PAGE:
Prolific burglar who admitted 50 offences across Suffolk, Norfolk, Essex and London, including eight Lowestoft break-ins, jailed for two-and-a-half years
A 29-year-old burglar who admitted more than 50 offences across the East of England, including breaking into a church, a restaurant and a football club in Lowestoft, has been jailed for two-and-a-half years.
Aaron Crinnion, of no fixed abode, who also targeted premises in Essex, Norfolk and London, was sentenced to 876 days in prison when he appeared at Norwich Crown Court last Tuesday.
Crinnion had previously admitted burgling a house in Lowestoft's Love Road on Friday, October 2, when he forced the front door open and stole cash and a TV.
He also admitted three counts of burglary at business premises in Spitalfields, Norwich, which happened overnight between October 5 and 6 last year. He was given a nine-month prison sentence to run concurrently.
Crinnion was also given a further concurrent six-month sentence after pleading guilty to two thefts.
While on remand in prison for the Lowestoft burglary, Suffolk Police's Operation Converter team visited Crinnion and put more than 40 further offences to him - which included 10 in Suffolk, 11 in Essex and 25 in London.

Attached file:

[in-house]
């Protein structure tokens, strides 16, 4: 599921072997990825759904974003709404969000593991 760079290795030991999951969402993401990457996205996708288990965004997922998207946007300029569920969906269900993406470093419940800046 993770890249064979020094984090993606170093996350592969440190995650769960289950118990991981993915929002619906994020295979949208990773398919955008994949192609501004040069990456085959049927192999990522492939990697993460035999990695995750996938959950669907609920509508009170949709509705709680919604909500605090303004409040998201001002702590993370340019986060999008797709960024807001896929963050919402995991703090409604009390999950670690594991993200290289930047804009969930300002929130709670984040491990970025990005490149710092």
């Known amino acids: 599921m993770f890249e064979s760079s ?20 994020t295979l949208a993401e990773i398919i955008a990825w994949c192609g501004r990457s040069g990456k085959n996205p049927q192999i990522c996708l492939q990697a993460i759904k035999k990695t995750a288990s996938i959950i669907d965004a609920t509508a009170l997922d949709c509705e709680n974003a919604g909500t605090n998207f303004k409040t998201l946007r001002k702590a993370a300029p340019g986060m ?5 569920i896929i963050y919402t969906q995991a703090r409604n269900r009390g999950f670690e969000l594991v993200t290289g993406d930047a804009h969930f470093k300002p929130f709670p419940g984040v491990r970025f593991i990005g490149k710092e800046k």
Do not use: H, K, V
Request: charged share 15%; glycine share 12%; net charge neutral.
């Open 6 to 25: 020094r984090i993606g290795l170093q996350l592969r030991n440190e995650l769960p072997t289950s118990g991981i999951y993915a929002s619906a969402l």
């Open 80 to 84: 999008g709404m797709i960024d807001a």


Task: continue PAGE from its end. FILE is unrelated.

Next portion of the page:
He admitted these 46 additional offences and agreed to have them taken into consideration (TIC) by the court.
Nine of the Suffolk offences happened in Lowestoft between June and September last year - eight of these were burglaries at business or community premises, including a church, yacht club, football club, restaurant and wine bar.
A business premises in Stowmarket's Stowupland Road was also targeted in October last year.
Police officials said their work showed a 'borderless approach' to dealing with prolific crimes.
Det Con Barry Simpson, of the Operation Converter Team, said: "Following excellent work by DC Mark Ryczanowski at Lowestoft CID in securing the initial burglary charge and remand, the door was then opened to us to visit Crinnion in prison and put all the other offences to him.
"Through liaison with our colleagues in Norfolk, Essex and the Metropolitan Police, we were able to link and compile this significant number of offences together, which demonstrates a borderless approach to dealing with prolific criminality.
"As part of our enquiries in the Op Converter team, we explore where items of property that were stolen may have gone and efforts to recover these for the victims are always made. Unfortunately, no property was recovered on this occasion.
"The TIC process not only allows us to detect numerous other crimes - that otherwise might remain unsolved - and therefore bring some closure for the victims, it also works to improve the chances for the offender to rehabilitate and be able to leave prison with a clean slate.
"Aaron Crinnion has shown remorse for his crimes and I hope he uses his time in prison to reflect upon them and mend his ways when he is released.”